Let me unequivocally state that all Liberians from the diaspora are not corrupt and weak. There are few Liberians through negative nepotism obtained jobs from the present government have failed to deliver to our beloved country. Overcome government failure. By “government failure,” I don’t mean that governments are evil or even that they are incompetent or ill-intentioned.
Equivalent to “market failure,” government failure refers to a situation where the particular incentives in government lead to a situation that is worse than what was intended with the intervention. For illustration, the Liberian governments finance and provide primary education so that poor children can have access to learning. But if teachers are paid regardless of whether they show up for work, and politicians rely on teachers to run their political campaigns, the result is absentee teachers and poor children who don’t know how to read or write precisely the opposite of what was intended. We see similar government failures in Liberia through health care, water supply, sanitation, electricity, transport, labor markets and trade policy. Why am I saying that the problem is the Liberian government failure, and not, say, lack of education or health or infrastructure? We have known for some time that education, health and infrastructure are important for escaping poverty.
Why has there not been more education and health and infrastructure for poor people? Why more government officials in Liberia have extended bank accounts in the United States and Switzerland? You will observe that when a government official is sick, he/she prefer to be rush outside of the country, but the poor citizens are the ones who remain in Liberia, get sick and die because of poor healthcare. The answer is not simply a lack of money.
Much of the money spent on these sectors is captured by powerful elites before it reaches the poor. In Liberia, this is factually the case, only one percent of the non-wage public spending on health actually reaches the clinics. In other cases, it’s more nuanced, such as the teacher (and doctor) absenteeism mentioned above, or when trucking monopolies keep transport prices so high that Liberia exports are noncompetitive in world markets. What is Liberia exporting presently? What can we do to increase these exports? In short, while education, health and infrastructure among other things are important, to get spending on these sectors to benefit the poor, we need to overcome government failure in Liberia.
Incapacitating government failure is difficult. These failures are the result of the interests of some powerful groups in society including government officials and politicians who will resist attempts at reform. What can be done? Driving money into a dripping bucket will not solve the delinquent in Liberia. And asking governments to reform even if the request comes with the implicit threat of a cutoff in funds (sometimes referred to as “conditionality”) is unlikely to work if the government itself is captured by the special interests. Perhaps the most productive action is to reach the people who are losing out the poor and empower them with information about teacher and doctor absence rates, the incidence of energy and water subsidies, the costs of labor regulations and protective import tariffs so that they can bring pressure to bear on politicians. Politicians can ignore technical advisers and external actors, but they can’t afford to ignore the citizens of their country. Politicians need these citizens to vote for them into power. To be certain, empowering poor people with information is not easy. Many work 8 to15-hour a day just to make ends meet for their families. Expecting them to attend village meetings or read the newspaper or listen to the radio is not forthright. What I am saying is, information by itself may not be enough to empower poor people in Liberia. They need apparatuses to hold politicians accountable. To sum up, governments may not welcome these efforts at making evidence available to the public; some will consider it combustible, and attempt to block it.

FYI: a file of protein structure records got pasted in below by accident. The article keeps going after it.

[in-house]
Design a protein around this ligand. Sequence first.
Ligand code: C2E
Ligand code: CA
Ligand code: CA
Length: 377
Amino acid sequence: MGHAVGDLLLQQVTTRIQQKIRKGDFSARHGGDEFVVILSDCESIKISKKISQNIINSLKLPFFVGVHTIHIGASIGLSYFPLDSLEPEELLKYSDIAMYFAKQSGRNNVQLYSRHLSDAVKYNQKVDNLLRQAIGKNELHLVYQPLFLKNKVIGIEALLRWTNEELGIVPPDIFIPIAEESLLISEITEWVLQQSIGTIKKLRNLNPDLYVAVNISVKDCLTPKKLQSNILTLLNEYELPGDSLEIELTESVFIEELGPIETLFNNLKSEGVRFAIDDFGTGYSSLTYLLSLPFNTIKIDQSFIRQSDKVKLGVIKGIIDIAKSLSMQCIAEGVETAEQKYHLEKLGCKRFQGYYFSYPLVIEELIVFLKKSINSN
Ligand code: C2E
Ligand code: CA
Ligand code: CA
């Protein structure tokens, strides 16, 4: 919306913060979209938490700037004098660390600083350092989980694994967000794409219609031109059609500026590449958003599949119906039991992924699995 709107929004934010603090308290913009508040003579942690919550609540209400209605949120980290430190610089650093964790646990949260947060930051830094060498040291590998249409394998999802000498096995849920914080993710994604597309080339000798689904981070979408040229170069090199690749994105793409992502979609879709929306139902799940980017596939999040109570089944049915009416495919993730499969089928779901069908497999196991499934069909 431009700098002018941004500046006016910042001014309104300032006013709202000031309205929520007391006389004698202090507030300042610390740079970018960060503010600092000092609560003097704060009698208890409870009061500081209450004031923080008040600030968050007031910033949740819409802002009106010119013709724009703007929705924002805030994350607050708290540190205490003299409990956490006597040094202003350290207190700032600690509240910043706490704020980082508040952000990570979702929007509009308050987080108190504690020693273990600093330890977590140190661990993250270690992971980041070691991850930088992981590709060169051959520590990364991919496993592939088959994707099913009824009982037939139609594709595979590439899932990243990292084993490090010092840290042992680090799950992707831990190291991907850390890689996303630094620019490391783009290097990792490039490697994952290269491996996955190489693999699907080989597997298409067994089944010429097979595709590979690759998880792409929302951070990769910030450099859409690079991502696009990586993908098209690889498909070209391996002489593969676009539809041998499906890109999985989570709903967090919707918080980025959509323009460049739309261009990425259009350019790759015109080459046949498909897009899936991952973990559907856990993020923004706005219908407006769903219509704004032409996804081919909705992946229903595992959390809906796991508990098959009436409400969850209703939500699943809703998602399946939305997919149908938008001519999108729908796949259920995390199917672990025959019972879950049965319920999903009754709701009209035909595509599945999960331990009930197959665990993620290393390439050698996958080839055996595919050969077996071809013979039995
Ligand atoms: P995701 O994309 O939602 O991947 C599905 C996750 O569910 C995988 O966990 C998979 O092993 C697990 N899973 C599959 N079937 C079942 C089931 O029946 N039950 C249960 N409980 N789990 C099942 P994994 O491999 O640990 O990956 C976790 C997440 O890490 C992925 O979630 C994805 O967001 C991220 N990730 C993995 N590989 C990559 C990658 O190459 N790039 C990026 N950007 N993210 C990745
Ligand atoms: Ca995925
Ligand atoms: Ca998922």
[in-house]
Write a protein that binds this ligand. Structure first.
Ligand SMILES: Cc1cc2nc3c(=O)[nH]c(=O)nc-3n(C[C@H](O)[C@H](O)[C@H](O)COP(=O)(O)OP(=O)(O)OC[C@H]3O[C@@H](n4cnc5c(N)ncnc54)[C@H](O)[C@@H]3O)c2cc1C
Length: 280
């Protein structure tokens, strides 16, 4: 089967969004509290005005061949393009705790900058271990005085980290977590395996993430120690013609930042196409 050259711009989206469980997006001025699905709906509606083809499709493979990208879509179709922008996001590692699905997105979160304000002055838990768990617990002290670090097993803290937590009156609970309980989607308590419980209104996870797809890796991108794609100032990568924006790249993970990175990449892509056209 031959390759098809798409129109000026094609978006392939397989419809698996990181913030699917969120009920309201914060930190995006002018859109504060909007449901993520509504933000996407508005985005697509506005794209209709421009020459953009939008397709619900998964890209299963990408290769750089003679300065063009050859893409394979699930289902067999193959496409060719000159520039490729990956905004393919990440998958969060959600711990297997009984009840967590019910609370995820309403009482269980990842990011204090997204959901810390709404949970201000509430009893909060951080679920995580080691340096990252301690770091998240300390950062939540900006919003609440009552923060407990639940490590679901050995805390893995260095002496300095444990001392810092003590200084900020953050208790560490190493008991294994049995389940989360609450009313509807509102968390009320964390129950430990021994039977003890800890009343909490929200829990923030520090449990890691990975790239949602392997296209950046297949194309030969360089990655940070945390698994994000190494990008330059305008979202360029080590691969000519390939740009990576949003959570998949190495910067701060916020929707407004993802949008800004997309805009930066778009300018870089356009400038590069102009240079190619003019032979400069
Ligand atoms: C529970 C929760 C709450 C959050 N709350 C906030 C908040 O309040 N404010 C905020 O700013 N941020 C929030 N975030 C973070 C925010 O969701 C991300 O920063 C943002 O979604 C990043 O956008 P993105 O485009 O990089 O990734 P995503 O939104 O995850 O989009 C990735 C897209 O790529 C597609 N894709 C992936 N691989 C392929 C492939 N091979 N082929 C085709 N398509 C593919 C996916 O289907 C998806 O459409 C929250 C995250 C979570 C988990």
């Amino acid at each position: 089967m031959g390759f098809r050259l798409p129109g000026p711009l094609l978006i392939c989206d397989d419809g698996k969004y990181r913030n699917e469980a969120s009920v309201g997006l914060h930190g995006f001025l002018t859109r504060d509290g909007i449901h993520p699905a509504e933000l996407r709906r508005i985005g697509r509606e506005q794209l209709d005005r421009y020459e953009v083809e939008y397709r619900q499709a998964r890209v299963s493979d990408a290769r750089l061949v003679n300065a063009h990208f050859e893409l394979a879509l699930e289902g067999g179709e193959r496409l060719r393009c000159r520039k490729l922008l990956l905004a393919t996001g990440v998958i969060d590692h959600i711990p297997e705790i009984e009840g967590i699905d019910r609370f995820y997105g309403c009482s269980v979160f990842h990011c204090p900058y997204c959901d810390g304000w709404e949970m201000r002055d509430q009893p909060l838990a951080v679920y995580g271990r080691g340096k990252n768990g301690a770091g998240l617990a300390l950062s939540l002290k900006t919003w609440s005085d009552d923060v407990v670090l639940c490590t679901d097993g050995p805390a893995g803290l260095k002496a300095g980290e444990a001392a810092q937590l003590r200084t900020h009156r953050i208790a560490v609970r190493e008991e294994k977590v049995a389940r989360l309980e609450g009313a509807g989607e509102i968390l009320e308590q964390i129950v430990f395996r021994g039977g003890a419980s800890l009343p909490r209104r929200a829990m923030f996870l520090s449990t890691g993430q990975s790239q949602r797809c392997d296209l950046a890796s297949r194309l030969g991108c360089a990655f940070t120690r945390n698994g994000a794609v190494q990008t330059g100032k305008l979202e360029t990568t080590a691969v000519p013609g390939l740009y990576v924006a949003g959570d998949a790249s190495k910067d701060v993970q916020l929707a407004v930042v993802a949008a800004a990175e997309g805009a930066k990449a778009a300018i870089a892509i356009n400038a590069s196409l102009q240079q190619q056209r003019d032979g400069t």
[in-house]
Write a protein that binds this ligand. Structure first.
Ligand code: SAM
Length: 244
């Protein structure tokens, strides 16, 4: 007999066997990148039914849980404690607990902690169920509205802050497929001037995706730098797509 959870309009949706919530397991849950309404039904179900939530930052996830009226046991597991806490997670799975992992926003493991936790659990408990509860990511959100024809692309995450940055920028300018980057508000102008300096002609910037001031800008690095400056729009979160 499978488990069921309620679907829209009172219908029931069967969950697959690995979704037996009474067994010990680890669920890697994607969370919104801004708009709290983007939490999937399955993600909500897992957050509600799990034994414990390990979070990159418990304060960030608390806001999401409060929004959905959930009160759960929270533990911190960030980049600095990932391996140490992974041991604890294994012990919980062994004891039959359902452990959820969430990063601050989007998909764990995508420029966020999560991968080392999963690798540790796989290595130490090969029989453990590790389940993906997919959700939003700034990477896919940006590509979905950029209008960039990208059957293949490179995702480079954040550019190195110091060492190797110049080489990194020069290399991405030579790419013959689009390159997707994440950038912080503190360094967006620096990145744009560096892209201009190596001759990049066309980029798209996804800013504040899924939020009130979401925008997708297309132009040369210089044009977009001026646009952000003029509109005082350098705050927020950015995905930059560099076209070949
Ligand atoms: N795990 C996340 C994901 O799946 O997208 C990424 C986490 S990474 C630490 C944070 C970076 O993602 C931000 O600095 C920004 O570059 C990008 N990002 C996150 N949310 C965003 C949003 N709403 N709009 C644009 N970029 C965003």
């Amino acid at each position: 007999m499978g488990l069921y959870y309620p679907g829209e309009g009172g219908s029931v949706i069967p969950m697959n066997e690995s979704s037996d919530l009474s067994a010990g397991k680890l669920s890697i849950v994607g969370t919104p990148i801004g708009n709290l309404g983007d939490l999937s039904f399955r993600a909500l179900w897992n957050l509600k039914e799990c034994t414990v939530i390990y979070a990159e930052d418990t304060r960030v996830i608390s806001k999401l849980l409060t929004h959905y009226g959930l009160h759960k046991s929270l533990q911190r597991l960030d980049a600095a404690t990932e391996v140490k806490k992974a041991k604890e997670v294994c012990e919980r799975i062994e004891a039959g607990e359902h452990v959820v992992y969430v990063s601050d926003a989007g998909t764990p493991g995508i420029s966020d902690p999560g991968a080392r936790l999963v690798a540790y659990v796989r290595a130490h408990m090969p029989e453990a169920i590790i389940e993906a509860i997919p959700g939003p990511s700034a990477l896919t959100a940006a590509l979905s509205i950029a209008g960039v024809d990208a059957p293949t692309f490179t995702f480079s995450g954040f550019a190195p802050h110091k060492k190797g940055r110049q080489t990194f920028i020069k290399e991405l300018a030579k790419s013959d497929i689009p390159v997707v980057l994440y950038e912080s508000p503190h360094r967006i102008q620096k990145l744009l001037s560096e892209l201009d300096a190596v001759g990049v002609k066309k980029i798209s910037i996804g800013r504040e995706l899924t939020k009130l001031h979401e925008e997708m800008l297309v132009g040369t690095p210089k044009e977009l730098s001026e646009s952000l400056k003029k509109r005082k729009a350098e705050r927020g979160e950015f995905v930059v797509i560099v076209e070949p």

Hence, if we agree that overcoming government failures is crucial to ending corruption and poverty in Liberia, we need to endorse poor people’s access to information. It pains my heart to see how energetic Liberians are struggling to obtain eminence education. With today’s technology reliefs. The fact that one in two Liberians has access to a cellphone has made it easier to reach them and for them to reach politicians. In a sagacity, then, social media campaign and other open knowledge initiatives are more than just ways of eliciting ideas about ending poverty: they are potential instruments to end corruption and poverty in Liberia. Most leaders today in Liberia just don’t care about their citizens and the country. Liberia will get better if citizens start to take actions in changing these recycled politicians who mean no good for the country. Thank you!